Paleo eating has become the diet de jure in many health circles. I can't get away from it. It's a meat heavy eating plan, essentially allowing you to chow down on as much bacon as you want.

But it's based on a skewed understanding of what our caveman ancestors actually ate.

Bondi trainers, Luke and Scott, are pro-Paleo.
Bondi trainers, Luke and Scott, are pro-Paleo.

Read more: Paleo isn't just a fad according to these guys.

Now, I'm not against this way of eating. I'm just a sceptic, counting on real science to determine what's healthy. I actually quite like Paleo and how it's teamed up with the CrossFit craze (learn more about that here). It's also got a great strong emphasis on wholefoods, heaps of veg, healthy fats and avoidance of refined grains.


However, what some people claim to be Paleolithic, I claim to be pathetic. And here's why.
Cavemen didn't eat meat everyday

To be primal, you ought to eat meat whenever you can. Cavemen would have only come across meat sporadically in the thrill of the hunt, not by simply finding the chilled section of the supermarket. Also, don't confuse Paleo with "high fat/low carb" because the two aren't interchangeable - the later doesn't support a ridiculous emphasis on consuming high amounts protein. Cavemen were closer to being vegetarians, rather than omnivores.

Cavemen didn't eat modern Paleolithic foods

My biggest gripe is the inclusion of bacon and sausages on the primal menu. They are products of the modern day food industry, which kills the Paleo lifestyle right there. Wouldn't it be more Caveman-like to munch on some insects and rodents?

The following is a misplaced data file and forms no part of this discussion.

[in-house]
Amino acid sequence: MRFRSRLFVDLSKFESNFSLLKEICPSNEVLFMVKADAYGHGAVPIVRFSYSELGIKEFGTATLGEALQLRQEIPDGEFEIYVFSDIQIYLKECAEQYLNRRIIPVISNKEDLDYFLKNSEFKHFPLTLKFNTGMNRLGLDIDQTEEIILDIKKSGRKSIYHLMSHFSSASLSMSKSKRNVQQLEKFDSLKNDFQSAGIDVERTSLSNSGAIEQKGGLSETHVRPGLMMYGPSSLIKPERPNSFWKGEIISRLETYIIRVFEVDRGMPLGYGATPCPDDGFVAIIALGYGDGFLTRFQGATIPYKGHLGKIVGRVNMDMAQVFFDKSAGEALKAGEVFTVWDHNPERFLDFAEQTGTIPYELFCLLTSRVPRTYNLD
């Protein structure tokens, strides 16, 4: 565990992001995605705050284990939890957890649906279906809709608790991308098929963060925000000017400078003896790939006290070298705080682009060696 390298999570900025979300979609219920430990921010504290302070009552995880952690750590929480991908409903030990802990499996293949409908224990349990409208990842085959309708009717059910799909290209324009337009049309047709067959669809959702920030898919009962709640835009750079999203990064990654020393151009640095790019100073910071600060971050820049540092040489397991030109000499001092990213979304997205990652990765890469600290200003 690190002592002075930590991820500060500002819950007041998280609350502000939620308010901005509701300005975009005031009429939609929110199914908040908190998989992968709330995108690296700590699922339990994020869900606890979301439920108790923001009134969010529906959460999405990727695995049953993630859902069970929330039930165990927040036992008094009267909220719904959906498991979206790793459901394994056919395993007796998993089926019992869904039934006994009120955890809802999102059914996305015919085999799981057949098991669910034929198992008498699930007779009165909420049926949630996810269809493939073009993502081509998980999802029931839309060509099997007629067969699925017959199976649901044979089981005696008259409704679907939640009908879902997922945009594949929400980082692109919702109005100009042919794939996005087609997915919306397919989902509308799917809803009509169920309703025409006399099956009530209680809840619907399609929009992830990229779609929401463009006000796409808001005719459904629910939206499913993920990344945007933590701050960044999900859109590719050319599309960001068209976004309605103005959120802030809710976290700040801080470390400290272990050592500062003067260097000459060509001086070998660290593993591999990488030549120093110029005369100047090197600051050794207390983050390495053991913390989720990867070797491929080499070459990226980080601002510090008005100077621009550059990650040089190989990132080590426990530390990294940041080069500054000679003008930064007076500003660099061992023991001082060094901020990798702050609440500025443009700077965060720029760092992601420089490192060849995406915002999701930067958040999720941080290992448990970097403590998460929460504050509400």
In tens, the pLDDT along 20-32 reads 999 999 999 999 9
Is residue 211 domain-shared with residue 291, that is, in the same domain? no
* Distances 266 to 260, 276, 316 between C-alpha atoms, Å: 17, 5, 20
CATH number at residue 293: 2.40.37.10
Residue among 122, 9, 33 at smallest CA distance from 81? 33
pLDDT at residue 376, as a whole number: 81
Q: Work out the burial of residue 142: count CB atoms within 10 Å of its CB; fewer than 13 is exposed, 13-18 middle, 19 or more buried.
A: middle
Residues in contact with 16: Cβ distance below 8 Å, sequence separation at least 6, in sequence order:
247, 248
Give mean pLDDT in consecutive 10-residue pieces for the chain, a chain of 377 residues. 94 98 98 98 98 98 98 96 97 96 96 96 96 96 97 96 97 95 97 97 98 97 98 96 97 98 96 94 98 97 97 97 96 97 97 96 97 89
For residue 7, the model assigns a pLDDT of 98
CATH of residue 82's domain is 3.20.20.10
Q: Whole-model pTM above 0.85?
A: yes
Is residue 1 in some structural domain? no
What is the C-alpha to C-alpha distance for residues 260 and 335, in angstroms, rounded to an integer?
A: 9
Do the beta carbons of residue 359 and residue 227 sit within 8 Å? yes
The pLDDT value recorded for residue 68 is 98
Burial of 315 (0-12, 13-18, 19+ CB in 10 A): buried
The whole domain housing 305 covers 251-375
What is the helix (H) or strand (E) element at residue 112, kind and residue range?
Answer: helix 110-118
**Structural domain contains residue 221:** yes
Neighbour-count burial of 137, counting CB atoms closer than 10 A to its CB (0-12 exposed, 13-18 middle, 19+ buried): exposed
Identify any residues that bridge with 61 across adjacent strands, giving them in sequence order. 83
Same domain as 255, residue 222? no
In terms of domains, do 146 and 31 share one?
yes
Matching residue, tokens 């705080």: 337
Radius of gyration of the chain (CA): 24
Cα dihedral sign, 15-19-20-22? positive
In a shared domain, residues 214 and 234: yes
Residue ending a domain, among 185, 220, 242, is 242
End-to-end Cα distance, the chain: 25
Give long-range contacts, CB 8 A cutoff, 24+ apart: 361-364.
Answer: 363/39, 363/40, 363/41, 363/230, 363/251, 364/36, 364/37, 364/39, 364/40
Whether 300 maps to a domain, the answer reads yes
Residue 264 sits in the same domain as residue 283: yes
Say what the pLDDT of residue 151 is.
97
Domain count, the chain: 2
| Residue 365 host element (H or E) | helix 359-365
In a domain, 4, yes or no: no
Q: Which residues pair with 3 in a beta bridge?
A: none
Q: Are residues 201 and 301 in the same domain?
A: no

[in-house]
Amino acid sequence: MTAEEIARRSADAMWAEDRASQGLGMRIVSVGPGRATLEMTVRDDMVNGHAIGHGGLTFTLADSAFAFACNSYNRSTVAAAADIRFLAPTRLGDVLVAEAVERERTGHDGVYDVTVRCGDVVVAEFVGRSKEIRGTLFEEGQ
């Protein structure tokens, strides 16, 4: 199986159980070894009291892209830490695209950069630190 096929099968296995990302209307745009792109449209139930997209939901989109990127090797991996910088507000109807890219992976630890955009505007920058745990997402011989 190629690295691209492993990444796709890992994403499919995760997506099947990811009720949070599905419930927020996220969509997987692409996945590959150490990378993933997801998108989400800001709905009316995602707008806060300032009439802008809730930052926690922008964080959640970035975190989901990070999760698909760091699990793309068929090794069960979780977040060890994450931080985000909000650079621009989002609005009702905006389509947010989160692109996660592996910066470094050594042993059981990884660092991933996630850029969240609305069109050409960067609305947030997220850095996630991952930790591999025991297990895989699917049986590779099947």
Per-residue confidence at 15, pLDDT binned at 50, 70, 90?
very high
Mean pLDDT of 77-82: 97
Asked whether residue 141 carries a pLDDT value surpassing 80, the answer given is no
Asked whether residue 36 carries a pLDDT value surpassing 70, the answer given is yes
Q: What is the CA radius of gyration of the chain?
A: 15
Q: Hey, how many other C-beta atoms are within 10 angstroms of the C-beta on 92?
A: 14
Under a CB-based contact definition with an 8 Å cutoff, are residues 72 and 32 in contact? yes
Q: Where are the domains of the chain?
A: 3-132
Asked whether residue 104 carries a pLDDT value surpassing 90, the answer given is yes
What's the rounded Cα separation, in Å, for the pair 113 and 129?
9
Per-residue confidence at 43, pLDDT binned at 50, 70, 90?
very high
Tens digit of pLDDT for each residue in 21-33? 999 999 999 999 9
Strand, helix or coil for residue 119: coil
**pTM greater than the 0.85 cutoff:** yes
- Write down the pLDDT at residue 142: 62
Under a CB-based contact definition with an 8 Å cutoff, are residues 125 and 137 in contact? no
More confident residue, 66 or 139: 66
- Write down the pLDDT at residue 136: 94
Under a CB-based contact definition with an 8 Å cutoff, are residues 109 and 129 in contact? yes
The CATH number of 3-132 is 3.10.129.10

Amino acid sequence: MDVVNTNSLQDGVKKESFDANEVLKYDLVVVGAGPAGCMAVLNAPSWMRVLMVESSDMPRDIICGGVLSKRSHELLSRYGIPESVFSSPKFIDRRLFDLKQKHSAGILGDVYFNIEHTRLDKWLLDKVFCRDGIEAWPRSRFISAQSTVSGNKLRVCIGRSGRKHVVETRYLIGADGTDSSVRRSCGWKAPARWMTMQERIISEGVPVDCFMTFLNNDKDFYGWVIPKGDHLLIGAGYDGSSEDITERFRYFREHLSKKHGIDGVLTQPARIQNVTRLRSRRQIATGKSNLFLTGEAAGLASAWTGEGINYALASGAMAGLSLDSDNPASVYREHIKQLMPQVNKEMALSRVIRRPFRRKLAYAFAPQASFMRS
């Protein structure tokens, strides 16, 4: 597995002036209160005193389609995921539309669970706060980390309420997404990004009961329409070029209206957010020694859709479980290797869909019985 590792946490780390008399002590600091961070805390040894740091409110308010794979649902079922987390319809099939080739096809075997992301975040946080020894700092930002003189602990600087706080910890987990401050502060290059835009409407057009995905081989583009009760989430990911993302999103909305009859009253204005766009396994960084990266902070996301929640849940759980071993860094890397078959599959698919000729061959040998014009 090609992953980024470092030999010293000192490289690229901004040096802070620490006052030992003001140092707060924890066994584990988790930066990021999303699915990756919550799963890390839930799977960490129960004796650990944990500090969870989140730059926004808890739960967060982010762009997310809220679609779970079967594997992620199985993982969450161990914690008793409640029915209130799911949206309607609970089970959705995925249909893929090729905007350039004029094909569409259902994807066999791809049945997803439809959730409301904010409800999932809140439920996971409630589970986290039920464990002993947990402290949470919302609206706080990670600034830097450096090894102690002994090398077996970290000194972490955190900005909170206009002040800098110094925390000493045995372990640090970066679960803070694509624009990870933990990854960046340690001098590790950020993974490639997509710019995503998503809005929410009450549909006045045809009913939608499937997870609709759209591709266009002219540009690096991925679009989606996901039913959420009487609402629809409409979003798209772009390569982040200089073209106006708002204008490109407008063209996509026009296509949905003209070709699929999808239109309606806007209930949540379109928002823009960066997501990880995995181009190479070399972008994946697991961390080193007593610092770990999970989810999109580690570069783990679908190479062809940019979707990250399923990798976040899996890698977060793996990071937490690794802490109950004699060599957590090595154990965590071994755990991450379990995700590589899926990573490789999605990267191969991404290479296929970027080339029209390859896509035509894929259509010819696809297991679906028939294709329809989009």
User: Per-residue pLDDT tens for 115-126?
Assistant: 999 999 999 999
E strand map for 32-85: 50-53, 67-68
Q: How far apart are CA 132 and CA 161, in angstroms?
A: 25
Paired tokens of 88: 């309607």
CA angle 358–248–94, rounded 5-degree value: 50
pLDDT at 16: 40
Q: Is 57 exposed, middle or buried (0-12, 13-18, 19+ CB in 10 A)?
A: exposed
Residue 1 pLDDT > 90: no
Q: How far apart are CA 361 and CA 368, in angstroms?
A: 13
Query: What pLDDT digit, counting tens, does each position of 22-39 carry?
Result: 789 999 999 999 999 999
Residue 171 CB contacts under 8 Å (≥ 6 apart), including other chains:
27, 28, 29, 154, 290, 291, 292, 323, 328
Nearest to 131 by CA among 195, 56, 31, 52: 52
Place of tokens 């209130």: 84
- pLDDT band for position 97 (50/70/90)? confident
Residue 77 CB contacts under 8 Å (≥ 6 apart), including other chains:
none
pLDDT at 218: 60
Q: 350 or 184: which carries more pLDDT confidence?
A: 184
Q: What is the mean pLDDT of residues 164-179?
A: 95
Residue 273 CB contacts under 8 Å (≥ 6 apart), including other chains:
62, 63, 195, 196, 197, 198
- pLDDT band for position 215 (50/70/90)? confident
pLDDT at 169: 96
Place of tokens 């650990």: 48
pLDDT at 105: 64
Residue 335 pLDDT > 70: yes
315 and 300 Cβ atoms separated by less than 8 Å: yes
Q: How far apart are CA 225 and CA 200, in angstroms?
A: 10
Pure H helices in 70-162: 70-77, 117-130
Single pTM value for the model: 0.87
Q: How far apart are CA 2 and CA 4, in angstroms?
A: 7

Cavemen ate everything available

Paleo advocates seem to think our ancestors evolved to eat one type of diet and our bodies are designed to process only certain types of food. The environment affected the availability of different foods, especially if you were living on the coast rather than inland and you were forced to make the most of any local grub to survive. Evidence of traditional contrasting diets - African tribes eat heaps of carbs, while Inuits have a high fat diet. This culture and tradition is a better guidance of how to eat for good health, rather than relying on primal schools of thought.

Cavemen weren't afraid of fruits

Yet, these sweet sensations have no place in the Paleo plan. What happened when our primal ancestors came across a tree bursting with these nutritionally dense gifts? I doubt they walked past mindlessly. Fruit and berries are nature's dessert, not poison.


Cavemen ate carbs

However, Paleo fans have demonised all carbohydrates. There is some evidence to show the Caveman consumed grains from carbon-dated tools most likely used from grinding grains and from traces of grains found in archaeological remains. The focus should be on the amount, timing and type of grain, rather than a blanket ban.

Cavemen weren't training for specific sports

But some personal trainers and athletes advocate Paleo to boost performance. Show me the proof to support this because I can't find any. It neglects fundamental sports nutrition concepts (which you learn more about here).

Cavemen lived shorter lives

So why try to eat like them? There is no convincing evidence to say eating a primal diet is any better than eating like anyone else. Why not eat more like the French or the Greeks - these European diets would be just as beneficial, if not, more.


Cavemen ate organic and free-range

Modern primal eaters appear to be the opposite. Factory farmed chickens, light deprived pigs and farmed salmon swimming in their own excrements is not organic or free-range. The very foods many Paleo diet lovers continue to load up on.

I'm not attempting to tear down the Paleo name because numerous health benefits can come from eating a diet based on wholefoods, fruit and veg, nuts, seeds, meat and fish. But I do challenge the notion of eating like a caveman and what this even equates to in our modern day society.

* Dave Shaw is a NZ registered dietitian and nutritionist. Follow him on Facebook and Twitter.